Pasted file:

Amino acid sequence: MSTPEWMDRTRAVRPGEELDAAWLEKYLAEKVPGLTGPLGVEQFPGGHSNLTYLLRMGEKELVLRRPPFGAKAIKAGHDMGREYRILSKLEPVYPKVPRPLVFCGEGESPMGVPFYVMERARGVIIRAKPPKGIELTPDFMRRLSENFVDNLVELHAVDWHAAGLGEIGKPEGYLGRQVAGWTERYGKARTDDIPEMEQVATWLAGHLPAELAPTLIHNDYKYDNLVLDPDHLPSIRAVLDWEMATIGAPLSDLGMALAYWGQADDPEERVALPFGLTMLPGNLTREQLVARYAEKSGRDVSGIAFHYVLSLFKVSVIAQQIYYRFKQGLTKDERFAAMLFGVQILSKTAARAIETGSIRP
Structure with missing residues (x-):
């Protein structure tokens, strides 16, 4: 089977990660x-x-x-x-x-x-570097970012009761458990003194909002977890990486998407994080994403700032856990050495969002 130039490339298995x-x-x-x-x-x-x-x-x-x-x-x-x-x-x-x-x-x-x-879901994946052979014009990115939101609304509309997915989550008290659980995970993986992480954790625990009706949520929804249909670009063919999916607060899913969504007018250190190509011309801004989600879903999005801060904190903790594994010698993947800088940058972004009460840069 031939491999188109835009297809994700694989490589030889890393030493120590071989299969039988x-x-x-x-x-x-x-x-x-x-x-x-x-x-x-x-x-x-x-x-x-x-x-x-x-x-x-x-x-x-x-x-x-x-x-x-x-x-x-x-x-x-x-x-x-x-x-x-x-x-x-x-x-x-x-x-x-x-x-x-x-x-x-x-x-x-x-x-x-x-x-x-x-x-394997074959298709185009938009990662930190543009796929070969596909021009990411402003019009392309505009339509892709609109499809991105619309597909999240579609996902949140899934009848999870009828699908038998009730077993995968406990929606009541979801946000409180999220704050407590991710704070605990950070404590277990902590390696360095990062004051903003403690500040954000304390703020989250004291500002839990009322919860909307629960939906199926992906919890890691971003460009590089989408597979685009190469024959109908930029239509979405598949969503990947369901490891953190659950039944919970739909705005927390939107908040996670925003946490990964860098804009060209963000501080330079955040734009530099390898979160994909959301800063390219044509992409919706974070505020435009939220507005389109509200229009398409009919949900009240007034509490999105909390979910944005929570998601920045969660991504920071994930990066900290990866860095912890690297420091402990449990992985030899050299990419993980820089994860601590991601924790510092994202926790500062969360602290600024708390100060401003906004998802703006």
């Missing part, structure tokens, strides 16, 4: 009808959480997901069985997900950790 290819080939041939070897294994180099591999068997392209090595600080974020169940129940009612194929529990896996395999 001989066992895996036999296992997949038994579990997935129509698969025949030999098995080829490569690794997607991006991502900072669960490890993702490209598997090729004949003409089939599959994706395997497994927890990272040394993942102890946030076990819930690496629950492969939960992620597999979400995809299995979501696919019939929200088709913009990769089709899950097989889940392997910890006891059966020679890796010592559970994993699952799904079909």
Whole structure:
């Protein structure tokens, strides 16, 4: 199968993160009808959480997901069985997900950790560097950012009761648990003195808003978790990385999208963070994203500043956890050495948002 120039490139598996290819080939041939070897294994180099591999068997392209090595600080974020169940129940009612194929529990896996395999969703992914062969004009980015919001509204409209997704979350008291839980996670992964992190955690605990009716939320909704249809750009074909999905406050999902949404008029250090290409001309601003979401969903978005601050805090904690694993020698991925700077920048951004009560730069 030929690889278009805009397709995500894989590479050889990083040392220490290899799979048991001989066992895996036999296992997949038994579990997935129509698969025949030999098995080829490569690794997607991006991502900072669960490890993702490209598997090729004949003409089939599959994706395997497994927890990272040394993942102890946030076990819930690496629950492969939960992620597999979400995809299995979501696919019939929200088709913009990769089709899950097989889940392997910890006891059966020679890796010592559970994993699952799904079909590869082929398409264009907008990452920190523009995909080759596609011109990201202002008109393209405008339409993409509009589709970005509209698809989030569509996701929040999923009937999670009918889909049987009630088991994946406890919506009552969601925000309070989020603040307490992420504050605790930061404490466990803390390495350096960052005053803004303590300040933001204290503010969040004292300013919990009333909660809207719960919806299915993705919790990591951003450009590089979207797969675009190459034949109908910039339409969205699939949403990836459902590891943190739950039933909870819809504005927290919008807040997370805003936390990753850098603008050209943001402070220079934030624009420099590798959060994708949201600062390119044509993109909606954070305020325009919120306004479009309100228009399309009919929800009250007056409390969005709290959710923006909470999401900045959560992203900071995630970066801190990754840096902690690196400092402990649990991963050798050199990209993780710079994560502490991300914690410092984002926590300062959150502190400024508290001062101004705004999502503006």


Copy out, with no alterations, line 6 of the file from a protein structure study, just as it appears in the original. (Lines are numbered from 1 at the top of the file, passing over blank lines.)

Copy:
């Protein structure tokens, strides 16, 4: 199968993160009808959480997901069985997900950790560097950012009761648990003195808003978790990385999208963070994203500043956890050495948002 120039490139598996290819080939041939070897294994180099591999068997392209090595600080974020169940129940009612194929529990896996395999969703992914062969004009980015919001509204409209997704979350008291839980996670992964992190955690605990009716939320909704249809750009074909999905406050999902949404008029250090290409001309601003979401969903978005601050805090904690694993020698991925700077920048951004009560730069 030929690889278009805009397709995500894989590479050889990083040392220490290899799979048991001989066992895996036999296992997949038994579990997935129509698969025949030999098995080829490569690794997607991006991502900072669960490890993702490209598997090729004949003409089939599959994706395997497994927890990272040394993942102890946030076990819930690496629950492969939960992620597999979400995809299995979501696919019939929200088709913009990769089709899950097989889940392997910890006891059966020679890796010592559970994993699952799904079909590869082929398409264009907008990452920190523009995909080759596609011109990201202002008109393209405008339409993409509009589709970005509209698809989030569509996701929040999923009937999670009918889909049987009630088991994946406890919506009552969601925000309070989020603040307490992420504050605790930061404490466990803390390495350096960052005053803004303590300040933001204290503010969040004292300013919990009333909660809207719960919806299915993705919790990591951003450009590089979207797969675009190459034949109908910039339409969205699939949403990836459902590891943190739950039933909870819809504005927290919008807040997370805003936390990753850098603008050209943001402070220079934030624009420099590798959060994708949201600062390119044509993109909606954070305020325009919120306004479009309100228009399309009919929800009250007056409390969005709290959710923006909470999401900045959560992203900071995630970066801190990754840096902690690196400092402990649990991963050798050199990209993780710079994560502490991300914690410092984002926590300062959150502190400024508290001062101004705004999502503006």